It’s not January anymore, and this is not my mood board this time and very worth sharing.
I received a couple of days ago the sweetest email from Silkie who run Rosehip Paper in London. She has received my newsletter that same day and said she was really enjoying the content being ” inspiring & motivating- thank you so much for sharing your knowledge. I’ve been working on mood boards on my blog a little bit – a great creative practise and a fantastic way to consolidate ideas (I’m an illustrator) so it’s always fantastic to hear your insights about how mood boards can be put into practise – I do trade shows so I’m thinking that I’ll have one up at my next show :)”.
The newsletter (with exclusive content for subscribers only this time, this is why the story is not on the blog) was about a fabric company that had set up the most amazing moodboard at their stand at the IMM Interior Design Show in Cologne I attended in January and I was sharing all images I took and analyzing why in my opinion it was a brilliant concept.
I was so happy, I had to see her site and to my delight, she has a column with the same title I do and was featuring a fantastic mood board. Since I had not found the time to continue with my series in January (will be back in February though), and her board and site deserves a little shout, I thought it would be nice to publish it here.
Curious about how she works with moodboards, I have asked Silkie a few extra questions.
1// Can you briefly explain what Rosehip Paper Goods is all about?
Rosehip paper is a boutique stationery company specializing in contemporary illustrated paper goods. Rosehip was founded 10 years ago as a kitchen table business whilst I had young children and has grown into a thriving company selling worldwide to lot’s of independent gift shops and department stores as well as directly from our website.
2// How do you use your mood boards in your work as an Illustrator?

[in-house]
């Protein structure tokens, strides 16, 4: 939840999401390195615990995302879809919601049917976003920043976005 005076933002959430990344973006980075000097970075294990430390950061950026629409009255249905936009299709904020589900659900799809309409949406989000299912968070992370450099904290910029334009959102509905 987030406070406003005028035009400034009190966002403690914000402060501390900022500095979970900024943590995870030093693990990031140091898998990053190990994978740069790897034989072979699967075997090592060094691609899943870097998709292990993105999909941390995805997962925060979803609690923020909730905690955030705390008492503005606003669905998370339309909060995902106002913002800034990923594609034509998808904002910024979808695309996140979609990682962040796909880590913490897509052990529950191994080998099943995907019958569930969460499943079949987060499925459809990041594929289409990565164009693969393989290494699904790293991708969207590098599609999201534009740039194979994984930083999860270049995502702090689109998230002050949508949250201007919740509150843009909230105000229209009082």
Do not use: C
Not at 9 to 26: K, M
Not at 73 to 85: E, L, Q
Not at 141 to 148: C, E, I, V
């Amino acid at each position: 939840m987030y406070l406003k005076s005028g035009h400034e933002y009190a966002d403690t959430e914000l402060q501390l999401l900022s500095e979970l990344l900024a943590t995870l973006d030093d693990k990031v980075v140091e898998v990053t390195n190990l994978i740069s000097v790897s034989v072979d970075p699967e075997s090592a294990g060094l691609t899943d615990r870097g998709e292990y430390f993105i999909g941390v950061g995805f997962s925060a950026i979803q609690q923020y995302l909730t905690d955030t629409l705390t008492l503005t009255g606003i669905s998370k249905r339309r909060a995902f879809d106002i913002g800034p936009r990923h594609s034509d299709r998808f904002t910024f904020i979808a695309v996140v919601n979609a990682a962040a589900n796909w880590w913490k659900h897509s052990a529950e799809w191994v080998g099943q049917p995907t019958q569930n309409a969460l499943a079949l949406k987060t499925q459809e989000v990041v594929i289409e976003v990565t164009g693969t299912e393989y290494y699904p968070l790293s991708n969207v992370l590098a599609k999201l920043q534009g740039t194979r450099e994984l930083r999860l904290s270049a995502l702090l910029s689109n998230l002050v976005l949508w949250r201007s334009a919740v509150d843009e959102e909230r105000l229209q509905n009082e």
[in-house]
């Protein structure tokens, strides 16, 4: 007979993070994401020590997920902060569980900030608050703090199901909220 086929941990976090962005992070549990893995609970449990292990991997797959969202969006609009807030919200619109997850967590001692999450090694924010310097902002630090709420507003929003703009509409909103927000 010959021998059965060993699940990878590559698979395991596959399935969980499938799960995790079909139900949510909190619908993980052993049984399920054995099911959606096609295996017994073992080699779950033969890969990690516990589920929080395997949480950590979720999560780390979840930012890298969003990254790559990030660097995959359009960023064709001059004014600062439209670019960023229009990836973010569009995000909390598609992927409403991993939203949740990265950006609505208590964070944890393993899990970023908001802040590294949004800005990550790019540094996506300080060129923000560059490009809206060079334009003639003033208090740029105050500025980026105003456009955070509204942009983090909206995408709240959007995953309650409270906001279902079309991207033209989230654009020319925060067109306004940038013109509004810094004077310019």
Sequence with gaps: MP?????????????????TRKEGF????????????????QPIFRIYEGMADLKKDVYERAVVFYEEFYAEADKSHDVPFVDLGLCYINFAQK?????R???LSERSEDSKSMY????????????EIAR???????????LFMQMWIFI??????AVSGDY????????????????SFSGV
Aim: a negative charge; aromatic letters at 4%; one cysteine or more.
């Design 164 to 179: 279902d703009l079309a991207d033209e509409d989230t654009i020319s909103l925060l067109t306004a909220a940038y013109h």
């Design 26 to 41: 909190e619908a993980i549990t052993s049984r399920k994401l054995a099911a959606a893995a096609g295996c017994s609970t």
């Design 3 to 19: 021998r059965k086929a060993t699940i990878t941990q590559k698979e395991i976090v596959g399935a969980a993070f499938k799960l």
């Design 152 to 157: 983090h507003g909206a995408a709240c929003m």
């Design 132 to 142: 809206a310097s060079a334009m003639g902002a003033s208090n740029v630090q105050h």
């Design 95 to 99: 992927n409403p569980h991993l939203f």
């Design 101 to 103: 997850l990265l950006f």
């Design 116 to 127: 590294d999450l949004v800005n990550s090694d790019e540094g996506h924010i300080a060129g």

Whenever I am starting to think about creating a new rosehip collection I always begin with a mood board to help me pull all my ideas together – I find it super useful to really pin down the story I am wanting to tell and to refine details like colour mark making, style and mood before I actually start the illustrations. Often I have such a lot of different ideas floating around I find it a great way to help me focus down and commit to the design process. There’s so much amazing imagery out there these days that creative thinking can easily get muddied by all the noise. Mood boards help me to have clarity and organize my creative process. I also use them in the same way when I am thinking about styling & photographing my products.I use mood boards throughout the whole process from initial ideas to creating a final product and then finding creative ways to “tell its story”. I also use mood boarding on my blog as a way to share feelings or design inspiration I find – I suppose I use them as a kind of sketch book, a way to capture ideas and fleeting thoughts!
3// What advice could you give other creatives when it comes to moodboarding?
I’m always on the lookout for ephemera that might at some point become part of a mood board – magazines are great but so are vintage papers, books, printed matter, old wallpapers, fabrics etc. Rootling about thrift shops is a great place to find the good stuff! When I’m making a mood board I always think about colour first, and try to limit my palette so that the “mood” is pulled together – paint colour swatches from hardware shops are good for this. Next I think about finding textures and marks that will help my story along –sometimes I’ll create marks or textures myself if I can’t find anything suitable or I’ll look for fabric or paper that has an interesting surface
I try to think about the whole space that I’m working on and I spend a lots of time moving pieces around until I’ve found the perfect composition – I am always thinking about how one thing sits next to another within the mood board space – I think carefully about placing contrasting elements-shapes, texture & imagery next to each other to create rhythm and interest – and I like to layer different materials too – again with the intention of creating contrast.
And once I think I have “got it” I go back and see what I can take out, whilst still holding onto the essence of the story – less is always more!
Thank you so much Silkie, that has been really interesting, I couldn’t agree more and hope to see much more of your work coming up! G, x